The Test

We are using the same Intel Core 2 Extreme X6800 setup for this article that we've been using over the past couple months. Driver revisions haven't changed since our 7950 GT article, and we will be looking at the same three resolutions: 1280x1024, 1600x1200 and 1920x1440. Here's the breakdown of the hardware used:

CPU: Intel Core 2 Extreme X6800 (2.93GHz/4MB)
Motherboard: Intel D975XBX (LGA-775)
ASUS P5NSLI
Chipset: Intel 975X
NVIDIA nForce 570 SLI
Chipset Drivers: Intel 7.2.2.1007 (Intel)
NVIDIA nForce 8.22
Hard Disk: Seagate 7200.7 160GB SATA
Memory: Corsair XMS2 DDR2-800 4-4-4-12 (1GB x 2)
Video Card: Various
Video Drivers: ATI Catalyst 6.9
NVIDIA ForceWare 91.47
Desktop Resolution: 1920 x 1440 - 32-bit @ 60Hz
OS: Windows XP Professional SP2

We will also be testing with the same seven games we've employed for the past few reviews. Next month will see an exciting change in our benchmarking lineup as we are preparing new games for the bench right now. Expect to see the latest Battlefield, Splinter Cell, and Company of Heroes make their way into our test suite in the near future. For now, sit back, relax, and enjoy the soothing experience that is benchmark analysis.

There is quite a bit of data in each of these tests, so we'll focus on the sweet-spot performance analysis and leave the rest of the data more for reference than anything else.

The New Face of CrossFire Battlefield 2 Performance
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  • Zoomer - Thursday, October 19, 2006 - link

    Is this a optical shrink to 80nm?

    Answering this question will put overclocking expectations in line. Generally, optically shrunk cores from TSMC overclock to the about the same as the original or perhaps slightly worse.
    Reply
  • coldpower27 - Friday, October 20, 2006 - link

    Well no as this piepline configuration doesn't exist natively before on the 90nm node. It's a 3 Quad Part, so it's basedon R580 but has 1 Quad Physical removed as well as being shrunk to 80nm. Not to mention Native Crossfire support was added onto the die. Reply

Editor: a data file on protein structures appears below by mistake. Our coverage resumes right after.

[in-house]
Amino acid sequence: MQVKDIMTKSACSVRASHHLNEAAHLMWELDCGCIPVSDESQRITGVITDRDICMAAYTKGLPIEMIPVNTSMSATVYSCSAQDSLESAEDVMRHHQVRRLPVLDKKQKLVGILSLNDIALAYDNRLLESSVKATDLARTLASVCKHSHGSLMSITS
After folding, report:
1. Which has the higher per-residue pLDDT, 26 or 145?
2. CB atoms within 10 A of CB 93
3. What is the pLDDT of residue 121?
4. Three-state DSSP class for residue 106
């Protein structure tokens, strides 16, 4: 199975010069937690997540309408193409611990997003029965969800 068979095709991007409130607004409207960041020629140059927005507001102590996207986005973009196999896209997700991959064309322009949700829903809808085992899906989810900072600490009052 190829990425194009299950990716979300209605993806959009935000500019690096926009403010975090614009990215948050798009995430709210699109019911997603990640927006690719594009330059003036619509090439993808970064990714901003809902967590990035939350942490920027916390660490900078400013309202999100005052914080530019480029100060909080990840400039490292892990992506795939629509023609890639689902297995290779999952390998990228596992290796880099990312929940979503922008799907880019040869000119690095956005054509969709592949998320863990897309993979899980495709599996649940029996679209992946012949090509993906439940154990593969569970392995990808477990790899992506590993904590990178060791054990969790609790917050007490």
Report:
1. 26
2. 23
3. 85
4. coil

• Spoelie - Friday, October 20, 2006 - link

    Optical shrink, this is 80nm and the original was 90nm. You're normally correct because the first optical shrink usually does not have the same technologies as the proces higher up (low-k and SOI for example, this was the case with 130nm -> 110nm), but I don't think it's the case for this generation. Regardless, haven't seen any overclocking articles on it yet so I'm quite curious. Reply
  • Spoelie - Friday, October 20, 2006 - link

    oie, maybe I should add that it's reworked as well, so both actually. Since this core didn't exist before (rv570 and that pipeline configuration), I don't think that they just sliced a part of the core... Reply
  • Zstream - Tuesday, October 17, 2006 - link

    Beyond3D reported the spec change a month before anyone received the card. I think you need to do some FAQ checking on your opinions mate.

    All in all decent review but poor unknowledgeable opinions…
    Reply
  • DerekWilson - Wednesday, October 18, 2006 - link

    Just because ATI made the spec change public does not mean it is alright to change the specs of a product that has been shipping for 4 months.

    X1900 GT has been available since May 9 as a 575/1200 part.

    The message we want to send isn't that ATI is trying to hide something, its that they shouldn't do the thing in the first place.

    No matter how many times a company says it changed the specs of a product, when people search for reviews they're going to see plenty that have been written since May talking about the original X1900 GT.

    Naming is already ambiguous enough. I stand by my opinion that having multiple versions of a product with the exact same name is a bad thing.

    I'm sorry if I wasn't clear on this in the article. Please let me know if there's anything I can reword to help get my point across.
    Reply
  • Zoomer - Thursday, October 19, 2006 - link

    This is very common. Many vendors in the past have passed off 8500s that run at 250/250 instead of the stock 275/275, and don't label them as such.

    There are some Asus SKUs that have this same handicap, but I can't recall what models that were.
    Reply
  • xsilver - Tuesday, October 17, 2006 - link

    any word on what the new price for the x1900gt's will be now that the x1950pros are out?
    or are they being phased out and no price drop is being considered?
    Reply
  • Wellsoul2 - Monday, November 06, 2006 - link

    You guys are such cheerleaders..

    For a single card buy why would you get this?
    Why would you buy the 1900GT even after the
    1900XT 256MB came out?

    I got my 1900XT 256MB for $240 shipped..

    Except for power consumption it's a much better card.
    You get to run Oblivion great with one card.

    Two cards is such a scam. More expensive motherboard..power consumption etc.
    This is progress? CPU's have evolved..
    It's hard to even find a motherboard with 3 PCI slots..
    What a scam! Where's my ultra-fast HDTV board for PCI Express?
    Seriously..Why buy into SLI/Crossfire? Why not 2 GPU's on one card?
    Too late..You all bought into it.

    Sorry I am just so sick of the praise for this money-grab of SLI/Crossfire.

    Reply
  • jcromano - Tuesday, October 17, 2006 - link

    Are the power consumption numbers (98W idle, 181W load) for just the graphics card or are they total system power?

    Thanks in advance,
    Jim
    Reply

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